In Australia, successive Liberal-National Coalition and Labor Party governments have presided over 18 years of anti-Muslim hysteria and the enforcement of a brutal and racist policy of preventing predominantly Muslim refugees from claiming asylum in the country on the grounds they could be “terrorists.” The dominant figures within the current Coalition government, including Prime Minister Scott Morrison, Home Affairs Minister Peter Dutton and former Prime Minister Tony Abbott, are among those most associated with these policies.

Decades of anti-immigrant xenophobia have given rise to not only racist parties such as One Nation, but myriad right-wing and neo-fascist groupings. This is the toxic political atmosphere in which Tarrant grew up in an Australian regional town, the kind of location where the extreme right has particularly concentrated its efforts to recruit support.

In New Zealand, the Labour Party-NZ First coalition government headed by Jacinda Ardern came to power on an explicit program of slashing immigration, on the false grounds it was responsible for housing and other social problems. NZ First leader Winston Peters, the deputy prime minister and foreign minister, is an open racist, on record as sowing xenophobia against Muslim, African and Chinese migrants. The extreme right elements in New Zealand praise Peters as their best spokesperson in parliament.

The reality is that anti-immigrant and nationalist demagogy has been used by the capitalist ruling class internationally to try to divide the working class and scapegoat migrants for the immense and ever-widening social inequality and dysfunction of essential services. The Trump administration’s blatantly racist “America First” policies are just a particularly crude expression of a universal tendency. Ultra-right parties are now part of numerous governments in Europe or form the main official opposition, as in France and Germany.

Fascism is spawned by the crisis and failure of capitalism. Its fundamental role for the capitalist class is to block and break up an independent and unified socialist movement of the working class developing for revolutionary social and political change.

Tarrant spelt this out clearly in his manifesto, which is influenced by the views of an entire fascist milieu. He advocated provoking race-based violence across the United States, Europe and other countries, as it would provide the pretext for the establishment of military dictatorships and genocidal policies against socialists, immigrants and religious minorities such as Muslims and Jews.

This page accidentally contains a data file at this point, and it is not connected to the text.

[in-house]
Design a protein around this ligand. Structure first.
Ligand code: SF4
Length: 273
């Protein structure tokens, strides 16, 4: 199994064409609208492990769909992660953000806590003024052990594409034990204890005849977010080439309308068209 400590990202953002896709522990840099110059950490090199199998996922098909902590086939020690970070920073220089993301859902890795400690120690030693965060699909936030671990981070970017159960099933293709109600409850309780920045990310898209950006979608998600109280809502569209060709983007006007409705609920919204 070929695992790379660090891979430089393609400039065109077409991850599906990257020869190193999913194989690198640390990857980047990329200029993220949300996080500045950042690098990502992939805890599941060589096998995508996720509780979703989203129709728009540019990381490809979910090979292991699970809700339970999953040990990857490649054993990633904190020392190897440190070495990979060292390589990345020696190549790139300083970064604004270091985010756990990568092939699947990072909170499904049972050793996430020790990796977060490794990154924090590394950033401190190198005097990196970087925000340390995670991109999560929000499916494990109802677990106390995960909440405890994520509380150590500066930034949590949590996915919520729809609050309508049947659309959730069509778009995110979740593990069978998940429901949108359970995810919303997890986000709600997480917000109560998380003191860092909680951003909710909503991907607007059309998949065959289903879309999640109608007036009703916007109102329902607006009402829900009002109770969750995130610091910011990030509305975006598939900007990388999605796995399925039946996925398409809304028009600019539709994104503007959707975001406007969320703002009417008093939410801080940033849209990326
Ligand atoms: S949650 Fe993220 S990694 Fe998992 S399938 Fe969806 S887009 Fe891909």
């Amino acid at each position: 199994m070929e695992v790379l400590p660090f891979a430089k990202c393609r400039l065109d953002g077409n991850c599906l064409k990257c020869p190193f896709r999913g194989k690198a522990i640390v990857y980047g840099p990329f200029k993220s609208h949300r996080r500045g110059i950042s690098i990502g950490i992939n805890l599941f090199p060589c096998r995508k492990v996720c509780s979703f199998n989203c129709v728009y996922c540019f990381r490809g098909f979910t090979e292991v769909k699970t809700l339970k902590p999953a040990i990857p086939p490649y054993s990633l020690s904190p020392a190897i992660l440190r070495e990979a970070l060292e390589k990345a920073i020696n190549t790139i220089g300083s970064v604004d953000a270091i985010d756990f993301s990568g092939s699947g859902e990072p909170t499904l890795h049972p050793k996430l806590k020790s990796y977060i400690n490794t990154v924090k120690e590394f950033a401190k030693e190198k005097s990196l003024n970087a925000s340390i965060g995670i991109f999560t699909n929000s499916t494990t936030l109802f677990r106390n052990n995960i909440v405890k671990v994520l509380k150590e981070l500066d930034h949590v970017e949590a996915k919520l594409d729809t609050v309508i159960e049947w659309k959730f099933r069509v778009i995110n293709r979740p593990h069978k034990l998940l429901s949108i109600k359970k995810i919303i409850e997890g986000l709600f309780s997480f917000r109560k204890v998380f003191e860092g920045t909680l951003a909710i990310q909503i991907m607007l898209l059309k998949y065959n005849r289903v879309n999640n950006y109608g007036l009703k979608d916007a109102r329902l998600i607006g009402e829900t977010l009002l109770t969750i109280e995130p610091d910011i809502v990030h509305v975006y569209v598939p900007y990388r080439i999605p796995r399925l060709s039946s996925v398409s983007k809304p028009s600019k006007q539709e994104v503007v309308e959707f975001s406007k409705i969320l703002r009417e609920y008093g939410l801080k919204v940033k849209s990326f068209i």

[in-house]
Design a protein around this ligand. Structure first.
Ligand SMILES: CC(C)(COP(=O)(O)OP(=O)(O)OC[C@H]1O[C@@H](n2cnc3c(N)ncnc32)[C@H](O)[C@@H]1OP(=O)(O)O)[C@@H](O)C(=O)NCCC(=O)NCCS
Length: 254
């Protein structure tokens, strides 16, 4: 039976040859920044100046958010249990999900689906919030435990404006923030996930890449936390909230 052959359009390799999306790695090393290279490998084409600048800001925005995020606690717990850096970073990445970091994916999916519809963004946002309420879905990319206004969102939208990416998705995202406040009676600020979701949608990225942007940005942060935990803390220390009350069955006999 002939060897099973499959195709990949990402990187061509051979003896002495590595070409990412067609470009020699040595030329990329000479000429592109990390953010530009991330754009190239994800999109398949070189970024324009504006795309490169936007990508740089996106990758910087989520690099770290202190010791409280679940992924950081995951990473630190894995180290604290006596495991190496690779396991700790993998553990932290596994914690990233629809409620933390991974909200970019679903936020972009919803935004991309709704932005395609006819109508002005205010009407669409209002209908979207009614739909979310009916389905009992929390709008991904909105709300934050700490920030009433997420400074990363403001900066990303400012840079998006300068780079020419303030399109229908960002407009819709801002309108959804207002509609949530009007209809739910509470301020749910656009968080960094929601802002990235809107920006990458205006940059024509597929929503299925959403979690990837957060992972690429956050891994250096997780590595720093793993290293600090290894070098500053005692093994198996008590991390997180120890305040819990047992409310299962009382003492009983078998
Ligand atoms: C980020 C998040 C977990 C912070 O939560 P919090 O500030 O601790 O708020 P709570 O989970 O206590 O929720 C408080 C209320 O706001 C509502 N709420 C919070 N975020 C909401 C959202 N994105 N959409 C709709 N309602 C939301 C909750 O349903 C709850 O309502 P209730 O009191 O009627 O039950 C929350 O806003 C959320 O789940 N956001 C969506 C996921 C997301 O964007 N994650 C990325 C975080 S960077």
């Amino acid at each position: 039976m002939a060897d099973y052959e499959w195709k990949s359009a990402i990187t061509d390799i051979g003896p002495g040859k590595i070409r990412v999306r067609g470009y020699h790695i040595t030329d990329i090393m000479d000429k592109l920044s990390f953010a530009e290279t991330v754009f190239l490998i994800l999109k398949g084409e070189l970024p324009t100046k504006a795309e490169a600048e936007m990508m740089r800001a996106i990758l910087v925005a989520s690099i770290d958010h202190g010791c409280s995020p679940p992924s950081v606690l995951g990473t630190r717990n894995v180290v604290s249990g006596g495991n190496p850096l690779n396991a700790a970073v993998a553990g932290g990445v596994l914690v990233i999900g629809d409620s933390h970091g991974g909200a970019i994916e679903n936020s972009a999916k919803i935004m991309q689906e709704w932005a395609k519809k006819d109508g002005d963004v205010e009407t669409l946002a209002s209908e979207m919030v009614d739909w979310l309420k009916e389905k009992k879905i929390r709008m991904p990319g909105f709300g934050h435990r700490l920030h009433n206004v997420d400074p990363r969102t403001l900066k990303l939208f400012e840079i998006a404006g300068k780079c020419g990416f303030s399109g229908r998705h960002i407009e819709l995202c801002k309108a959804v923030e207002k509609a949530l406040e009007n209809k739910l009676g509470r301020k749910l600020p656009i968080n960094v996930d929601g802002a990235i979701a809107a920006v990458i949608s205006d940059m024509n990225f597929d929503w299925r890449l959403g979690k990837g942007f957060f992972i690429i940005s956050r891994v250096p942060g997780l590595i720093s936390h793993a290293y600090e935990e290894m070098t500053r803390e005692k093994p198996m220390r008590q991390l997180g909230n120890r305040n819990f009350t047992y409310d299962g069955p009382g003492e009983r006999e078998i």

Ardern in New Zealand and Morrison in Australia are now demanding that social media platforms do more to censor bulletin boards and postings, and impose stricter controls on the live-streaming of video. Such measures will not be primarily used to block fascist views, but to undermine the democratic rights and struggles of the working class against social inequality and war.

This was what followed the bloodiest fascist terrorist attack: the mass murder of 77 people, mainly left-wing youth, at a Norwegian Labour Party camp in 2011 by Anders Behring Breivik. This has been followed by the open promotion of extreme right-wing propaganda in the establishment media and at the highest levels of the state.

The official advocacy and support for far-right views is above all responsible for the crimes of figures such as Tarrant, and the decision by disorientated layers in various countries to join fascist parties. While such formations are not yet mass movements, the danger they pose should not be underestimated.

The great lesson of the 1920s and the 1930s is that struggle against fascism cannot be entrusted to any wing or party of the capitalist class. It can be successfully waged only by a politically independent movement of the international working class that is consciously fighting to end capitalism and its outmoded nation-state divisions and to establish socialism. The building of such a movement is the urgent task in New Zealand, Australia and around the world.